## Finding a Locus: Algebra and Geometry

Last time we looked at the meaning of the concept of locus. This time, we’ll explore seven examples, from two students. We’ll look at both algebraic (equation) and geometric (description) perspectives.

Last time we looked at the meaning of the concept of locus. This time, we’ll explore seven examples, from two students. We’ll look at both algebraic (equation) and geometric (description) perspectives.

(A new question of the week) Definite integrals can sometimes be solved by finding an antiderivative; but when that is either difficult or impossible, there may be special tricks available. Here we’ll lead a student gradually to a solution using symmetry; and then we’ll look at an earlier problem that used essentially the same trick …

(A new question of the week) Suppose we have a question that can be answered with Yes, No, or Maybe, and that whenever two people with different opinions meet, their discussion convinces each of them that neither can be right, so they both change to the other opinion. Given initial numbers of people with each …

A recent question about lottery numbers reveals that a seemingly special event is in fact surprisingly common: namely, the presence of consecutive numbers in a lottery drawing. The calculation is an interesting one, and we’ll also see a way to check our answer, then compare it to reality.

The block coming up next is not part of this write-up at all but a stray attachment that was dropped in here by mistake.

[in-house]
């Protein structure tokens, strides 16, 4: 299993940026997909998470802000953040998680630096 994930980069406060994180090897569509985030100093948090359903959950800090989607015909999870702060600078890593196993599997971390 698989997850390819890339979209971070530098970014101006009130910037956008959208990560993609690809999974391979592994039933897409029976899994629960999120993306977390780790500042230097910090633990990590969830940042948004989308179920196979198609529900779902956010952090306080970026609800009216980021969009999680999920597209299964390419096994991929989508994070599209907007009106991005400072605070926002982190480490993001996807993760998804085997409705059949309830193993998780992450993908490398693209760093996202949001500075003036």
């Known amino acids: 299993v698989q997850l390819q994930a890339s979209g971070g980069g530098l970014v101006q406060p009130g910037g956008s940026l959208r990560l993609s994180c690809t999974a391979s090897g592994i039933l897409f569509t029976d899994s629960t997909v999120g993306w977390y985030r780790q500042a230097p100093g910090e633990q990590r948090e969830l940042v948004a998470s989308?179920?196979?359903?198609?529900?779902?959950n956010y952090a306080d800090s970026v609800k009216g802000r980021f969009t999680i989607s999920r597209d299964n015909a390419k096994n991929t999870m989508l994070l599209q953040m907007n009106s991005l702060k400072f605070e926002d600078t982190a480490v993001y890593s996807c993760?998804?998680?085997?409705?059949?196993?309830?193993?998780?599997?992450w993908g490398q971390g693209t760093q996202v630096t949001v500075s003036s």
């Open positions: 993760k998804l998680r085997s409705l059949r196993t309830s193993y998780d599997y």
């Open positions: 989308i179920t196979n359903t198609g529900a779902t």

Last time, we considered the Chain Rule for derivatives. This time, we’ll look at the product and quotient rules, focusing on how to keep the formulas straight, and make them easier to apply. We’ll look primarily at the quotient rule to start with, and then examine the product rule at the end.

Having recently helped some students (in person) with the rules of differentiation, I’m reminded to do so here, starting with the chain rule. It is easy to make this topic look harder than it really is; the two main ways to state the rule are often confusing, and different approaches fit different problems. We’ll try …

I am always interested in problems that can be solved in different ways, particularly because this can give a student a chance to be creative, as well as learning from experience that you don’t have to do it “the teacher’s way”. Here we’ll use trigonometry, and two different ways to add lines to a figure …

Last week’s discussion reminded me of another question, from July, about a probability problem that was solved in a hard (but educational) way and an easy way. This instance is more extreme, and, due to its length, requires extreme editing in order to fit here.

Sometimes there are several ways a problem could be solved, and we encourage students to pursue the path they’ve started on, rather than give them a method that may not be natural to them. (And we encourage them to start, if they haven’t yet, in part so we can see what might be most helpful …

I’ve had several occasions in face-to-face tutoring lately to refer to a past post on mixing (that is, composition) of trig and inverse trig functions. Several recent questions have touched directly or indirectly on this same general idea and extended it, so I thought I’d post them.